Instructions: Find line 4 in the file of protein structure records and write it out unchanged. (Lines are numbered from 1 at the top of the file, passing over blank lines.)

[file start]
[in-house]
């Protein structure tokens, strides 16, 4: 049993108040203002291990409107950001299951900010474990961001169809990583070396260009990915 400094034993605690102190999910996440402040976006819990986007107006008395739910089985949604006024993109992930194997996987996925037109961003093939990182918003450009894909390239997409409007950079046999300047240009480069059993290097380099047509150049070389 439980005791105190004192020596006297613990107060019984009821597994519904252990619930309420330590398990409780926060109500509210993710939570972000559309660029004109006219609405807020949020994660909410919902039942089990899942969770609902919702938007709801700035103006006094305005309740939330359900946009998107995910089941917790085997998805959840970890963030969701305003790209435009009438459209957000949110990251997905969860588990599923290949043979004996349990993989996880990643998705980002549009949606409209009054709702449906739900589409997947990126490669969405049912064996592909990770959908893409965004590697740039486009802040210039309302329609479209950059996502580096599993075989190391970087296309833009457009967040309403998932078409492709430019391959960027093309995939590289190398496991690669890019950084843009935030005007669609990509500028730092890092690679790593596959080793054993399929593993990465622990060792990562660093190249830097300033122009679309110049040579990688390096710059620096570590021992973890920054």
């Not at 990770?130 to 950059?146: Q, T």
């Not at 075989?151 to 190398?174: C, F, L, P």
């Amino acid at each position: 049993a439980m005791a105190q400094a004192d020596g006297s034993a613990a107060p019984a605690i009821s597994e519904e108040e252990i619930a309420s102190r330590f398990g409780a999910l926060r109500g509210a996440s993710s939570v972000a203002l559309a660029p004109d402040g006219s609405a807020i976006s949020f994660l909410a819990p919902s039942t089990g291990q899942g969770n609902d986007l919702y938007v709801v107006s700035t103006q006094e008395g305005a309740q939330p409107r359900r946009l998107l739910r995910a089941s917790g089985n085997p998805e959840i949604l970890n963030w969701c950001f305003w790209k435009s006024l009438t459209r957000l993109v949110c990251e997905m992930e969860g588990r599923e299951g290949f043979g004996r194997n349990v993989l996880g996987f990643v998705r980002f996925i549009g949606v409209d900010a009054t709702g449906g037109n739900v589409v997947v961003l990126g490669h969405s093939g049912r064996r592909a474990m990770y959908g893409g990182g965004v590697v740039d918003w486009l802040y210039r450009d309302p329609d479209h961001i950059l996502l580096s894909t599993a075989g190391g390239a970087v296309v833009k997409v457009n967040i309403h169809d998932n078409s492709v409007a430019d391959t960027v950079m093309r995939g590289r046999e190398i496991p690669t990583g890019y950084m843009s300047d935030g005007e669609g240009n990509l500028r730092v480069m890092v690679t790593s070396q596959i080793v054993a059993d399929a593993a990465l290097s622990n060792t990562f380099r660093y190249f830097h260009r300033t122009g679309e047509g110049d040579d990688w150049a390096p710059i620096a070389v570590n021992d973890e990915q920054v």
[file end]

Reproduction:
């Not at 075989?151 to 190398?174: C, F, L, P």